Respondents [1] sued appellant Brookdale Motors, claiming that they were entitled to, and wrongfully denied, health care benefits under Brookdale Motors' group health insurance plan. Seeking to recover damages for unreimbursed medical expenses, Reese initiated suit pursuant to the Employee Retirement Income Security Act of 1974 (ERISA), 29 U.S.C. § 1132(a)(1)(B) (1994). See 29 U.S.C. § 1132(e) (1994) (giving state courts of competent jurisdiction and federal district courts concurrent jurisdiction over section 1132(a)(1)(B) actions). On cross-motions for summary judgment, the district court denied Brookdale Motors' motion and granted summary judgment to Reese, awarding Reese $3,500 in attorney fees pursuant to 29 U.S.C. § 1132(g)(1) (1994). We affirm.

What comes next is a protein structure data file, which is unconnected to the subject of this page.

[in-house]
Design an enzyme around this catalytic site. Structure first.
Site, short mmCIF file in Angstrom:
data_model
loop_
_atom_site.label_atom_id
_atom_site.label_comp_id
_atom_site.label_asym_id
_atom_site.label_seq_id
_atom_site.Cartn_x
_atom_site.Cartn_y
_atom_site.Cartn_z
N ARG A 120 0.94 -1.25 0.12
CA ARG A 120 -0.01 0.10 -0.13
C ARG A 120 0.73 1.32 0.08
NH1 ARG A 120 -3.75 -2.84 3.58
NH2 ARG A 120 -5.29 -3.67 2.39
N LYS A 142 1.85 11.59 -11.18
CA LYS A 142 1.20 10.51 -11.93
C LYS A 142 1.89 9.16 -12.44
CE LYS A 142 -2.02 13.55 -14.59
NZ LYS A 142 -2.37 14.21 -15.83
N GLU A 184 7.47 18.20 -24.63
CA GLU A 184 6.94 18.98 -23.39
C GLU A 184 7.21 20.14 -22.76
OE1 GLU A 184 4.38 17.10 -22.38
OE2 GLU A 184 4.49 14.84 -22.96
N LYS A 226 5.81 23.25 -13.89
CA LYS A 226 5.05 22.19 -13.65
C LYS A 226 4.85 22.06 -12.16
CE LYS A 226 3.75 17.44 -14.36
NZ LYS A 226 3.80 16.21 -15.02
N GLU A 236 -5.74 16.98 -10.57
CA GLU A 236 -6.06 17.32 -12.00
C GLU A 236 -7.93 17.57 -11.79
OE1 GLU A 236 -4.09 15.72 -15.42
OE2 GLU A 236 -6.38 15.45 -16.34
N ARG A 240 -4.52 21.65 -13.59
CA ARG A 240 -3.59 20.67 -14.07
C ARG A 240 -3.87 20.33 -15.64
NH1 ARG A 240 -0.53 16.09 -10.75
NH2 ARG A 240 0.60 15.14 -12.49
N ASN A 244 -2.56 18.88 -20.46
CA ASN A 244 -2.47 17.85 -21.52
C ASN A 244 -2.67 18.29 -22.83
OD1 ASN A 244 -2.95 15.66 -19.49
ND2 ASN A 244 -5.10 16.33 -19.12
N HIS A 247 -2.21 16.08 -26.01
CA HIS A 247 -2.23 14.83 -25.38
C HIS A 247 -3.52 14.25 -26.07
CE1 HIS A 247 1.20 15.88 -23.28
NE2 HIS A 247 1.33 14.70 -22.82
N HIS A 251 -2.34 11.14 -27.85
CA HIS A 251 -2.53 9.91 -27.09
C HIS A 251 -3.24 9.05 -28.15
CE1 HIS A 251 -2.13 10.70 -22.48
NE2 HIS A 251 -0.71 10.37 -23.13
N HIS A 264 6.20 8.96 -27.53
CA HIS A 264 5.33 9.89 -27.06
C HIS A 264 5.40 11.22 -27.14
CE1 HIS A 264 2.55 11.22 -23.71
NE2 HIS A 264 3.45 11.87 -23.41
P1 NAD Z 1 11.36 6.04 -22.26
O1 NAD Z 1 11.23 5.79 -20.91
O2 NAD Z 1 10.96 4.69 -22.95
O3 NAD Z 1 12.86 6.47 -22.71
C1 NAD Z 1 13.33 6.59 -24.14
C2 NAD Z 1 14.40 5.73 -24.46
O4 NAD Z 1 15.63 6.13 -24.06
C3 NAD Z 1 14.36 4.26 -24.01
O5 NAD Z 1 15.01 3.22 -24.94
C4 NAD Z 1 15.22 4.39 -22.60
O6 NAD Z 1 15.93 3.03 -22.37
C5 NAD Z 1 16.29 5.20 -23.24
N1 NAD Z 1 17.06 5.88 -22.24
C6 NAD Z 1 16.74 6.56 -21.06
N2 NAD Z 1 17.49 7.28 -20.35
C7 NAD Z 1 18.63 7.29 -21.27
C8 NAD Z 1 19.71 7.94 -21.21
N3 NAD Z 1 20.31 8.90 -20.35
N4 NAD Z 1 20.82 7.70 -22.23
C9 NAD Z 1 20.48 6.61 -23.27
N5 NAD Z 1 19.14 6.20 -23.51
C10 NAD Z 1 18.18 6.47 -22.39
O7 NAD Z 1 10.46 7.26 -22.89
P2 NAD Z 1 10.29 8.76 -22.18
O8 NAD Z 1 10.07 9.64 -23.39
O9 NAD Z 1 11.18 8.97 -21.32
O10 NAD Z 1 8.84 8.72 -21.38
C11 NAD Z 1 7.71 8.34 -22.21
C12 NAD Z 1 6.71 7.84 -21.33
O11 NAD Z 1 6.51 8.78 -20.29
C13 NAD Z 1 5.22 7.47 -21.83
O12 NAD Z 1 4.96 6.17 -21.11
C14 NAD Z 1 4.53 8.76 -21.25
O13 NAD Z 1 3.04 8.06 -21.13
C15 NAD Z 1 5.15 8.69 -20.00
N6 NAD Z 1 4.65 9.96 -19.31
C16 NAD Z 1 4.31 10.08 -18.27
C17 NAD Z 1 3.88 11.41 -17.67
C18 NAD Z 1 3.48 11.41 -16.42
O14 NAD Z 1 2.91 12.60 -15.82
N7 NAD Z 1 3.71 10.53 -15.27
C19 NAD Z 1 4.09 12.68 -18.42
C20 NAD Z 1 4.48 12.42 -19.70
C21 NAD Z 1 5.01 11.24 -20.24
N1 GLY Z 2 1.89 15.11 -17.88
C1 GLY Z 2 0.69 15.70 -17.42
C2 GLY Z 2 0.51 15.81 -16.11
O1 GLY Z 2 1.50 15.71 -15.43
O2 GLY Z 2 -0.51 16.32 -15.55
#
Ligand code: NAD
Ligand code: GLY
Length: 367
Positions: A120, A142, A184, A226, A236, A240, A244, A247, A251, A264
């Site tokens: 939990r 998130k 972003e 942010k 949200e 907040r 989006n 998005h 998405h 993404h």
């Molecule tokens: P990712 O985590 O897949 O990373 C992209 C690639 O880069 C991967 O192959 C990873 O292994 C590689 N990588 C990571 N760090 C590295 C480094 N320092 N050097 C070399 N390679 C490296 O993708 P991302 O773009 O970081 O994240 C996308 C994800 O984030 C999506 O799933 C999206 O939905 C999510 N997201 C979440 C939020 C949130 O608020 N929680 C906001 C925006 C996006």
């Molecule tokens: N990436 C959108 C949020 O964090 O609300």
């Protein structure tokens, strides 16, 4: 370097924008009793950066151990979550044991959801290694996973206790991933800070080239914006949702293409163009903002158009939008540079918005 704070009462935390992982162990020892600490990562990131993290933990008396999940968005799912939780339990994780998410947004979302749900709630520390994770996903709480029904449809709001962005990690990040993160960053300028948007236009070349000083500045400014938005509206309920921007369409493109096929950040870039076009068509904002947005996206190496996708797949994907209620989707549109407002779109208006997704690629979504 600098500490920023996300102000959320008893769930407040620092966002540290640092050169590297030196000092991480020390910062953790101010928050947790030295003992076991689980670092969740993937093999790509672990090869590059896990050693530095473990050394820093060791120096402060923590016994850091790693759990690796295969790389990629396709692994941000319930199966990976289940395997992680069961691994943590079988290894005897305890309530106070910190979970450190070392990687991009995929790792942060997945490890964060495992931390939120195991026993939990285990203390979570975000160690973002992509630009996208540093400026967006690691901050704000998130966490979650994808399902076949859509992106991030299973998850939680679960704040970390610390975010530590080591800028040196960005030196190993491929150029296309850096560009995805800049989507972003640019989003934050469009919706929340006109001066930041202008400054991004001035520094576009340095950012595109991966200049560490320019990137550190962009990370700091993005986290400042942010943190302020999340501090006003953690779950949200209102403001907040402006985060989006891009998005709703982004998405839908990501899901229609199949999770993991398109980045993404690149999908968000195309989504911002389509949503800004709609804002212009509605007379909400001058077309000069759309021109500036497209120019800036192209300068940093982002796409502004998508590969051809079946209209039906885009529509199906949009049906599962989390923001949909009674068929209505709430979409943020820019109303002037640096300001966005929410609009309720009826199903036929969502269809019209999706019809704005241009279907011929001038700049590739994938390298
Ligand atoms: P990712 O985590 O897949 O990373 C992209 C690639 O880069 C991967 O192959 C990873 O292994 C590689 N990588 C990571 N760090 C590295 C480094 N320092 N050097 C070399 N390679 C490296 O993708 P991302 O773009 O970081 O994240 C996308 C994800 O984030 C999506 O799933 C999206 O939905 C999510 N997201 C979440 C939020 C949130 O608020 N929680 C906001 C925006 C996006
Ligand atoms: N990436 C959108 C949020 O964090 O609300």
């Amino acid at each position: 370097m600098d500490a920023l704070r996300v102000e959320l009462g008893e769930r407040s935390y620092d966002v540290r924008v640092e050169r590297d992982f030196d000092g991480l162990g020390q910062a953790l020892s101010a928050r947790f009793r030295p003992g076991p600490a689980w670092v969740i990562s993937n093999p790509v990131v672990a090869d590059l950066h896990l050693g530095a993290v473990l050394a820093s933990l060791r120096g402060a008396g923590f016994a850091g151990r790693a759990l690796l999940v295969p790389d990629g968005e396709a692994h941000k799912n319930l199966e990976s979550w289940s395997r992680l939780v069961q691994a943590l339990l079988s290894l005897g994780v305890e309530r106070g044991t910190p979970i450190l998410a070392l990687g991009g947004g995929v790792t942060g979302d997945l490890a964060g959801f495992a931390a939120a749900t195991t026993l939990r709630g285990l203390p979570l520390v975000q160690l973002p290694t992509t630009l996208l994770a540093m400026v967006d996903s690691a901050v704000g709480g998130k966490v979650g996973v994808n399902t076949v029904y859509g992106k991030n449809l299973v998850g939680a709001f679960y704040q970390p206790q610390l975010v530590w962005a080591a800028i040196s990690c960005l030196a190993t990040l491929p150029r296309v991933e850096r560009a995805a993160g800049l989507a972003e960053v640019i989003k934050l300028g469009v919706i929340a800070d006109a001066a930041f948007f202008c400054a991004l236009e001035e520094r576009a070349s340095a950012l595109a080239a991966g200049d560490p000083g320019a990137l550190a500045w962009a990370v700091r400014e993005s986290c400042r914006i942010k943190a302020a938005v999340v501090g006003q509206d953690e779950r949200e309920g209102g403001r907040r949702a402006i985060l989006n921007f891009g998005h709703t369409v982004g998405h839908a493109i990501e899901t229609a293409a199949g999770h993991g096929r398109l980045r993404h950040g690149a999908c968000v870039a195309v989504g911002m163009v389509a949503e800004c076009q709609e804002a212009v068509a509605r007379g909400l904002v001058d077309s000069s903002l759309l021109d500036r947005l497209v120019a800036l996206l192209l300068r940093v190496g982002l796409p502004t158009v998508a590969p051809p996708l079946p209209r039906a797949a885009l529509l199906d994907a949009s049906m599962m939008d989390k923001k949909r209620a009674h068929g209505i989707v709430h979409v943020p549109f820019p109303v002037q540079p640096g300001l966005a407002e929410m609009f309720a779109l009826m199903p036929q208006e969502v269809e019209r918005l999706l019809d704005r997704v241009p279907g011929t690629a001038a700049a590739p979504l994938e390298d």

On March 24, 1994, Brookdale Motors hired John Reese for a full-time maintenance position. That same day, Reese completed an enrollment form to participate in Brookdale Motors' group health insurance plan—a plan governed by ERISA. The ERISA plan, which Brookdale Motors provided to employees through a master group insurance contract between itself and Medica Choice, contained certain eligibility requirements. Under the plan, an employee "working a minimum of 30 hours per week" was considered a "subscriber" and eligible for coverage. The plan also provided that coverage for newly hired employees began "the first of the month following a 30-day waiting period." Accordingly, if Reese met the plan's eligibility requirements, his coverage became effective May 1, 1994.